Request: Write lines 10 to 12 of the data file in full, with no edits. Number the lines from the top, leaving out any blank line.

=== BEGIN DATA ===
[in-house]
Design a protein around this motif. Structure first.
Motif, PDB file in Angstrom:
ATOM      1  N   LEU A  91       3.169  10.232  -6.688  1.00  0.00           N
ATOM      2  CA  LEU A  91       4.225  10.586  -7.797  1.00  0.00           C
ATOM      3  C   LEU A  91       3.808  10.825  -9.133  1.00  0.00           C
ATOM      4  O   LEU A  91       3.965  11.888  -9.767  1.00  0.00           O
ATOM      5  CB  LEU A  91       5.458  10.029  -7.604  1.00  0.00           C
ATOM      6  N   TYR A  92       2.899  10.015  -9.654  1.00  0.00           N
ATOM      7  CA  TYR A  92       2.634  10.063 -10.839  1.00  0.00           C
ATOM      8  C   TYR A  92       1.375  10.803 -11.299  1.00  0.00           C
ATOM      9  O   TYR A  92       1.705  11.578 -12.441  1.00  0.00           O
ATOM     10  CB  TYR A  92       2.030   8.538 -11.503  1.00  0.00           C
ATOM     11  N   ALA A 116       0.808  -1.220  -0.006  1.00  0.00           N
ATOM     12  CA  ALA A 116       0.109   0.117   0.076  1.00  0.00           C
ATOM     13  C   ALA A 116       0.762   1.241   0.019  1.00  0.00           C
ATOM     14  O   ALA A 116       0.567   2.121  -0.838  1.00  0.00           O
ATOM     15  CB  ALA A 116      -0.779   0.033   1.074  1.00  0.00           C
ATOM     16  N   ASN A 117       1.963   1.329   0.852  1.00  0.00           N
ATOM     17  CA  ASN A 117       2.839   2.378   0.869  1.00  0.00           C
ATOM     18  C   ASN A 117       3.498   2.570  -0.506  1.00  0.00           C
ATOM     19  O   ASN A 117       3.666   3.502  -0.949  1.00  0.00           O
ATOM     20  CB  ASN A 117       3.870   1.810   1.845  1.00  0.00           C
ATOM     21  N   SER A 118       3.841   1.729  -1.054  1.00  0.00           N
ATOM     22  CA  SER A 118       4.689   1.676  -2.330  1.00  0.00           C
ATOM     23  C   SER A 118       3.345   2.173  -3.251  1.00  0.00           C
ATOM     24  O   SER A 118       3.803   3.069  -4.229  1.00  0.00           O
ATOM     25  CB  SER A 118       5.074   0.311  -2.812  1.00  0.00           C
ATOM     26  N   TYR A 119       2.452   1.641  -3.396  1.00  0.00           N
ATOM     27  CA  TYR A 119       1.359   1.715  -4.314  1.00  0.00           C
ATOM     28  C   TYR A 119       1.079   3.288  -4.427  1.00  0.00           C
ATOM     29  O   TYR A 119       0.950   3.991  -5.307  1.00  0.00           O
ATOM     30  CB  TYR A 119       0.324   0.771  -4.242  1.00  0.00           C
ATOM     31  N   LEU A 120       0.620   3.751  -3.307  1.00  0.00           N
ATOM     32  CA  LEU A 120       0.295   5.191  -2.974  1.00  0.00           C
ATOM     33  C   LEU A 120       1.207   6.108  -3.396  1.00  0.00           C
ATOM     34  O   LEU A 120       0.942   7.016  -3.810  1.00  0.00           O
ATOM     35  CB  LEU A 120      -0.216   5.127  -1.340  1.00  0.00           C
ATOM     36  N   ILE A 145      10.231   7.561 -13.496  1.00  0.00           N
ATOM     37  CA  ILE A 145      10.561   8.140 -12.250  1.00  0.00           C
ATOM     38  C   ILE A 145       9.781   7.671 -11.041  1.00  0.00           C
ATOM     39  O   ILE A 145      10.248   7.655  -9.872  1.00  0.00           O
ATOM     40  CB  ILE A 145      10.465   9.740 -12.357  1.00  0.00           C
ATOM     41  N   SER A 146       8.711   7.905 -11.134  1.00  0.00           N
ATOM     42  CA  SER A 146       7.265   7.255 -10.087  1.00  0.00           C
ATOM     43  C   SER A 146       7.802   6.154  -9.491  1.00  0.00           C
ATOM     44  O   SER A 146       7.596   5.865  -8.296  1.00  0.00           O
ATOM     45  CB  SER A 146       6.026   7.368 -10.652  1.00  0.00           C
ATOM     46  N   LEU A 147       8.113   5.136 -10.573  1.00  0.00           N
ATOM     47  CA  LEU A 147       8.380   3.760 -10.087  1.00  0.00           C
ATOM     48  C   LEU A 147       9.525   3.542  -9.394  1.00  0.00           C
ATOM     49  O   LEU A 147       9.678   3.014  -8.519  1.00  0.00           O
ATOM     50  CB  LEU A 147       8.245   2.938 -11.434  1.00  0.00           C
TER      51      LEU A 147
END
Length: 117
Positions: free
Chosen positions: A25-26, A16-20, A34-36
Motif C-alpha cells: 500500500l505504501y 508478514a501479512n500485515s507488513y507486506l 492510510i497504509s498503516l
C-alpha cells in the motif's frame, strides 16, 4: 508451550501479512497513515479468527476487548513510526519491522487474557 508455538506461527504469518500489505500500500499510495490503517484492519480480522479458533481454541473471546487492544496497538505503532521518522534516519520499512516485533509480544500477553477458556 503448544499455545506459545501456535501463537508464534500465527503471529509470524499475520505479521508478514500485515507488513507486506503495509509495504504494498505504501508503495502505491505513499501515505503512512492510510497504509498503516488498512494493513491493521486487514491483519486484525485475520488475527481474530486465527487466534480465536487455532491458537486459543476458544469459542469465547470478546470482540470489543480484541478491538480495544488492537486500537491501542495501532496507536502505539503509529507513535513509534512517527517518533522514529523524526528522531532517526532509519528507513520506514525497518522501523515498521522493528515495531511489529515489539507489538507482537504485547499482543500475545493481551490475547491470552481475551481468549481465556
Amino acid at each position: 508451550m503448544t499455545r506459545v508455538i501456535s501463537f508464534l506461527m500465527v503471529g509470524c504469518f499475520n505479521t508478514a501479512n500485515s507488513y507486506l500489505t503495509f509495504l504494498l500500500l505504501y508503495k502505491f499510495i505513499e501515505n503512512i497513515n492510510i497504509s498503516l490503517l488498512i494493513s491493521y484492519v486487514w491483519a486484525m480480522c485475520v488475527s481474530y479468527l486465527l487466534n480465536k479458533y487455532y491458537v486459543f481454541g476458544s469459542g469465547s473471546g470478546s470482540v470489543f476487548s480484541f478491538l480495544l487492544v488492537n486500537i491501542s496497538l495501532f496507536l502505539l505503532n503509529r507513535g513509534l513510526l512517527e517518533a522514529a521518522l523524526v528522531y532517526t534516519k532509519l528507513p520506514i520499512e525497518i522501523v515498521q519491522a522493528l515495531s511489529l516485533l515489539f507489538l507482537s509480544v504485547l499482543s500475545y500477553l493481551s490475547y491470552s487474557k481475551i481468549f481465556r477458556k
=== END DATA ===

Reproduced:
ATOM      7  CA  TYR A  92       2.634  10.063 -10.839  1.00  0.00           C
ATOM      8  C   TYR A  92       1.375  10.803 -11.299  1.00  0.00           C
ATOM      9  O   TYR A  92       1.705  11.578 -12.441  1.00  0.00           O